He nodded solemnly. "In addition to these physical changes, you might begin to feel a little differently as well. I've noticed already how you've become a little more aggressive."

I narrowed my eyes at him, having a nagging feeling he was hinting about the study. But I didn't feel like dredging that up as well. I had already talked about enough depressing stuff for one day.

"It doesn't change who you are- at least, not any more than you let it," he explained. "Just take a moment every now and then and ask yourself if what you're doing is something you would normally do."

"That everything?" I muttered, talking into my jacket. I just wanted to go back into my room and hide for another four days. I had already figured out what he had told me, and had employed it on occasion so far. It was getting a little harder to figure out what was and wasn't me, though.

Alex nodded and set the cat on the table. She mewed in protest and he gave her a soft pat. He slid off the picnic in one graceful move.

"Uh-uh," I told him in a voice too soft to match my words. "You ruined my day, sit your ass back down."

He looked surprised, which might have been the only reason he listened to me.

"Yes?" He asked and looked at me curiously.

"Why don't you ever leave the house?" I asked.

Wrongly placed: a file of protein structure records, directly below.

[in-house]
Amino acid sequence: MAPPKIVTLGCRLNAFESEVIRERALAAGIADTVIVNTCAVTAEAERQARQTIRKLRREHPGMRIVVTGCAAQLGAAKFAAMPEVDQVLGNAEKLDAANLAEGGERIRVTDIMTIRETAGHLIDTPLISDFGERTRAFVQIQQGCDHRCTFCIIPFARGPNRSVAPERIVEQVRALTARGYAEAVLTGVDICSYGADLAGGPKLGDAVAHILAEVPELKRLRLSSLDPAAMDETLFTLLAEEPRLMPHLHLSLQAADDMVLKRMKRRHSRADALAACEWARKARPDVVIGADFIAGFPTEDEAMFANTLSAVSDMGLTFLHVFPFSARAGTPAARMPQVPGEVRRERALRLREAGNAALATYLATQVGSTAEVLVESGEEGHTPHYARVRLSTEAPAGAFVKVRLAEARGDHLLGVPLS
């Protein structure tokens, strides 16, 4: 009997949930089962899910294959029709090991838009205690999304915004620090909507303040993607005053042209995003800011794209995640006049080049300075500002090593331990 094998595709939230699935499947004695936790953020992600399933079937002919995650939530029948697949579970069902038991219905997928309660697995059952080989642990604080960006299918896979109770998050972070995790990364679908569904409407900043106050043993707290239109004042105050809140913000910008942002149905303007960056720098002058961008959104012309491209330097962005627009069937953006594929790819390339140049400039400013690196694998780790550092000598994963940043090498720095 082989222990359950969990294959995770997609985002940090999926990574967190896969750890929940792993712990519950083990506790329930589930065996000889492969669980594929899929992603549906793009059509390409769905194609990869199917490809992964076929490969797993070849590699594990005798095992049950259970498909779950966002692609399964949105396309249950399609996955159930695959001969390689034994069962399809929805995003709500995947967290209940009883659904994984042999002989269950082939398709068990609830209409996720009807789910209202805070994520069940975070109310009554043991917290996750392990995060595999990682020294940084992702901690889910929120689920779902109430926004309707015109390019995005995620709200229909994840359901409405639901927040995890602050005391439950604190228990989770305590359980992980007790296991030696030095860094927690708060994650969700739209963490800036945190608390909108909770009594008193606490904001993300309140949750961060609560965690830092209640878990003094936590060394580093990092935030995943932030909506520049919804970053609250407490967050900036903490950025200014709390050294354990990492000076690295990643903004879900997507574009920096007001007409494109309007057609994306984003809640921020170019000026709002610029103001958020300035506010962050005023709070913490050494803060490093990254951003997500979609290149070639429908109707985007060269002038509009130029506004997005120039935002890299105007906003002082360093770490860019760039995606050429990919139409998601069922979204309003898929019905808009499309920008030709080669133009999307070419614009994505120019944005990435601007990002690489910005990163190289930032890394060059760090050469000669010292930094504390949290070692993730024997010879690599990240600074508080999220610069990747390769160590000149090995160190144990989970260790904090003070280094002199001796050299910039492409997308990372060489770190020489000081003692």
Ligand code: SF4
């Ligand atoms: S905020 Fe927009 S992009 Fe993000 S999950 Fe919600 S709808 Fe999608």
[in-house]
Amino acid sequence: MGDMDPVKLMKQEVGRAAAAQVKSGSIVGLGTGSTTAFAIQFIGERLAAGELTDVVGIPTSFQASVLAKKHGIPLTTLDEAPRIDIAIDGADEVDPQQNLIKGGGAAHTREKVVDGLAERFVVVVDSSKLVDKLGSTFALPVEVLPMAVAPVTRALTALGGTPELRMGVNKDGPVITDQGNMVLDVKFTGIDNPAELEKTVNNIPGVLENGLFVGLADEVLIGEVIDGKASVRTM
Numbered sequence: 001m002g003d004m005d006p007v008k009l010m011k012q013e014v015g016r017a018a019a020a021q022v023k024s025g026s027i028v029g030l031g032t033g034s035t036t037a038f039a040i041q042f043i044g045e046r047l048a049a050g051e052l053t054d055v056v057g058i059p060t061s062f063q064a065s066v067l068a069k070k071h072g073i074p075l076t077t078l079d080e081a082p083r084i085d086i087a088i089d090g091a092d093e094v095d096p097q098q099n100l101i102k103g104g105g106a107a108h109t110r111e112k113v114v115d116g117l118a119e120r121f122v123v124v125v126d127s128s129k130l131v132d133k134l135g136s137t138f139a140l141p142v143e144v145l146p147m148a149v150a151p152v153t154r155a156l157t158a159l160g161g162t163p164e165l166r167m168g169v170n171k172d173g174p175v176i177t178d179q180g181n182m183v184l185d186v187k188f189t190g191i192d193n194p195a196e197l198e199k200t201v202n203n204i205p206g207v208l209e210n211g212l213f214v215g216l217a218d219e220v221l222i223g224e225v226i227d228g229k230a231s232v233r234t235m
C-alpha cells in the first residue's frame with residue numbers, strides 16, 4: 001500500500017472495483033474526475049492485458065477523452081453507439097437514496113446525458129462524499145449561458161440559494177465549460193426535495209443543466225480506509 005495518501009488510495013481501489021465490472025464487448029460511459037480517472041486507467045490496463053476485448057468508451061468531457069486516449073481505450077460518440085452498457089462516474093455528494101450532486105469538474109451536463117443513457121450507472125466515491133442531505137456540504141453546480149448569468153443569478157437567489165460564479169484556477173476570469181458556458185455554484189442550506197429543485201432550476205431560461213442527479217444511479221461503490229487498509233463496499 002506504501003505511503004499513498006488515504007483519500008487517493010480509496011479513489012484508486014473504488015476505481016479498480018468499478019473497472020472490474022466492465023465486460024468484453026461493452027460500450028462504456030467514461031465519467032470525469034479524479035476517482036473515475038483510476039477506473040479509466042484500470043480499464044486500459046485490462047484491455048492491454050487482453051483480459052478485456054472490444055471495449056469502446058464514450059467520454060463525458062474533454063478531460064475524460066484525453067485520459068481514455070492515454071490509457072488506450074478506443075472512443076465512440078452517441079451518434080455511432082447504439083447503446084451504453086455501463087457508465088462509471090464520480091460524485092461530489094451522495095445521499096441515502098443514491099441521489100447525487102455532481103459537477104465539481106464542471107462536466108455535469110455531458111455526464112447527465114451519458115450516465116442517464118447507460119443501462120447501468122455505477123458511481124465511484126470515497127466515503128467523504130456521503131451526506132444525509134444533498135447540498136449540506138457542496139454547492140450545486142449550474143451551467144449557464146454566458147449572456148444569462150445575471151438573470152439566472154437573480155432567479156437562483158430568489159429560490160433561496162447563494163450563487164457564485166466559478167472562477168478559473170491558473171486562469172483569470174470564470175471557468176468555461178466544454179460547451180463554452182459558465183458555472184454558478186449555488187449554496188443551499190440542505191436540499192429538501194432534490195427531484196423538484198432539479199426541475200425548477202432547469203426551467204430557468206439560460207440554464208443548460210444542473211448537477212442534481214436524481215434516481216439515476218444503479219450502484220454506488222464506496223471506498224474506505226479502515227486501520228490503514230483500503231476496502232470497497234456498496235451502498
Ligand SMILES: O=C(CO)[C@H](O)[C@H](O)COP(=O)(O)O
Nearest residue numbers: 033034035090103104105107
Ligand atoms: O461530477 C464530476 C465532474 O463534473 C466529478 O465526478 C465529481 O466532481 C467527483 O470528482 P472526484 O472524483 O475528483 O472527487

He scoffed and stood, ready to leave.

"I answered your prying questions," I reminded him. "It's only fair you answer one of mine."

He turned away from me and for a minute I thought I was going to have to throw a fit, but he turned back around a few moments later.

"I have no desire to live in a society that does not want me," he said emotionlessly. But the look of sadness in his eyes betrayed him.

I stayed quiet because I knew his words were true. America would want nothing to do with him. Beauty aside, he was still the man that released a virus that cause the deaths of over 30 million people in America alone.

As I watched him walk down the brick path and toward the maze, I realized that he and I weren't very different. Whereas I locked myself away in my room, he lost himself in the gardens.

I stayed in the garden for a little while longer, soaking up the rare winter sun, until our maid/cook/butler- the older Chinese gentleman who was apparently named Carlos and was born in Mexico- called me for dinner.

I remembered Alex's words on how all my eating was the cause of the glowy orb things and actually considered turning down dinner for once, but my stomach growled angrily in protest. Without further delay, I hopped off the stone picnic table and skipped happily off to dinner.